Pronunciation of the English alphabet

Why are there inconsistencies in the pronunciation of the consonants of the alphabet? For example: ‘b’ is pronounced like ‘bee’ but ‘m’ is pronounced as ’em’ rather than ‘me’. The pronunciation of ‘h’ matches nothing and ‘j’ and ‘k’ are orphaned twins.

In Turkish (the only other language I have any knowledge of), the consonants are consistently sounded as if they have an ‘e’ appended.

Answer

This is actually a very good question, and it has deep roots. Like many things, it goes back to Latin, which had very regular rules for naming its letters. English inherited the Latin system, extended it in various ways, and applied its own sound changes, resulting in the system we have today.

Vowels

All of the vowels in Latin were named with their long vowel sound. The vowels in English do the same, though the long vowels have gone through the Great Vowel Shift. This covers:

  • A
  • E
  • I
  • O
  • U

Stops

Sounds that were stops in Latin are pronounced with the stop sound followed by [e:]. The vowel sound has shifted to [i:] in English.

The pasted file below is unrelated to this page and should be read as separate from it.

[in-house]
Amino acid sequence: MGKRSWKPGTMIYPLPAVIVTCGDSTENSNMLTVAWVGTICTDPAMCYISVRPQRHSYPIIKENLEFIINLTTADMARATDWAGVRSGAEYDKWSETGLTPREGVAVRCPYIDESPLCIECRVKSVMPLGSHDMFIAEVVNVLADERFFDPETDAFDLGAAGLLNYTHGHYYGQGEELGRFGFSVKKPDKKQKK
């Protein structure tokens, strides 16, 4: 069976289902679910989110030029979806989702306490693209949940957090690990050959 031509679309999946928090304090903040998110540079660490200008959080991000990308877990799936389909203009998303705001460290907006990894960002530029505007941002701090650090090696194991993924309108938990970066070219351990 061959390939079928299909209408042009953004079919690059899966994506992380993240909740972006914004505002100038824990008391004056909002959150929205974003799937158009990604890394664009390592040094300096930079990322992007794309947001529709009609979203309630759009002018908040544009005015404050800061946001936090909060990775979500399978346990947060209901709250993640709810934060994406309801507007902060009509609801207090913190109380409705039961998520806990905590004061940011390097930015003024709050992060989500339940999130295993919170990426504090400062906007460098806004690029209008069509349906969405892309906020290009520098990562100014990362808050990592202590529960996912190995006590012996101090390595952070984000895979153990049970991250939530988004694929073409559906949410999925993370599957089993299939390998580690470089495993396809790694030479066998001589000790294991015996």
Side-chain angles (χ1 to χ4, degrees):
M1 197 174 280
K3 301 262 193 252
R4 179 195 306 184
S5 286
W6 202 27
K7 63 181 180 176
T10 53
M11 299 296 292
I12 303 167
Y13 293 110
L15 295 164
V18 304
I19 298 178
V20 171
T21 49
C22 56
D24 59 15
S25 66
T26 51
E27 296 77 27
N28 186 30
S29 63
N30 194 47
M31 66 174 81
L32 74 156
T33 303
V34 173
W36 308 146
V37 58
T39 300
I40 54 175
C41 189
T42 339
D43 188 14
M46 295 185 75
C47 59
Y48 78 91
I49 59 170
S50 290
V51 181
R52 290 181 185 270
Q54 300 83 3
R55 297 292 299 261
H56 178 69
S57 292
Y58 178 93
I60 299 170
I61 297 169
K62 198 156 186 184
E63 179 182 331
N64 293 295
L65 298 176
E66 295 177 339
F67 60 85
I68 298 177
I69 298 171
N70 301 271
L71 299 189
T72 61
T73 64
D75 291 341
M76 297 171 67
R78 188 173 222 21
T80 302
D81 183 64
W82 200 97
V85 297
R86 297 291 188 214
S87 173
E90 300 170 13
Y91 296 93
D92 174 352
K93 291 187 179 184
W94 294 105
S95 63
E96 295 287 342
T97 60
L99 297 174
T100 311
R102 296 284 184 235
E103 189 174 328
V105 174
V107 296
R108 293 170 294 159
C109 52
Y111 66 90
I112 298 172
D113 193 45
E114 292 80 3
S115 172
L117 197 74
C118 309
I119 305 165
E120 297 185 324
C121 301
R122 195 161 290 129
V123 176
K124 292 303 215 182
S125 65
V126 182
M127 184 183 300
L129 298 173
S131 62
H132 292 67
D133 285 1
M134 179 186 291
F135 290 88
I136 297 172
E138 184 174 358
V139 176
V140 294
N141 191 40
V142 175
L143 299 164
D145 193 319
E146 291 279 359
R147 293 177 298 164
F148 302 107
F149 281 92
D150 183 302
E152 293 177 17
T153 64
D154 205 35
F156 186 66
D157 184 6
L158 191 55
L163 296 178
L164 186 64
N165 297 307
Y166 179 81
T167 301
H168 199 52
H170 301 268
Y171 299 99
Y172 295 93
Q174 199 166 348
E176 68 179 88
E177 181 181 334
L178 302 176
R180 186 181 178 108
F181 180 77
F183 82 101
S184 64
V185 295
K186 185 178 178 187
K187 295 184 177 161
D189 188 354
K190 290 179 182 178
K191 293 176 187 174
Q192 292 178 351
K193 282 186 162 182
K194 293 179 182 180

• B
  • C — Note that this was [k] in Latin, but is now [s] in English, due to French which had a k > s sound change
  • D
  • G
  • P
  • T
  • V — Was not distinguished from U in Latin. It’s not clear why it was added to this group.

Sonorants and fricatives

Sounds that were sonorants or fricatives in Latin were pronounced with [e] followed by the sound.

  • F
  • L
  • M
  • N
  • R — The vowel has changed here due to a sound change in English
  • S
  • X — An exception, added to this group because Latin didn’t allow x at the beginning of a word

Miscellaneous

  • H — See other answers for the history of this sound
  • J — Didn’t exist in Latin. The name came to English by way of French, where it was something like “jah” [dʒa:], which English sound changes turned into the modern “jay”
  • K — Was [ka:] in Latin, from Greek kappa, which English sound changes again changed into the “kay” that we say today
  • Q — Was [ku:] in Latin, mostly unchanged today
  • W — A “double-u”, obviously. Didn’t exist in Latin.
  • Y — Quoting Wikipedia: Old English borrowed Latin Y to write the native Old English sound /y/. When the letter came to be analyzed as a V atop an I (First Grammatical Treatise), it was renamed VI (/u: i:/), which was simplified to one syllable (/wi:/), and by the Great Vowel Shift became Modern English ‘wy’.
  • Z — Existed in Latin only in borrowings from Greek. Originally [zed], from Greek zeta, but changed to [zi:] (“zee”) in American English.

Attribution
Source : Link , Question Author : dave , Answer Author : JSBձոգչ

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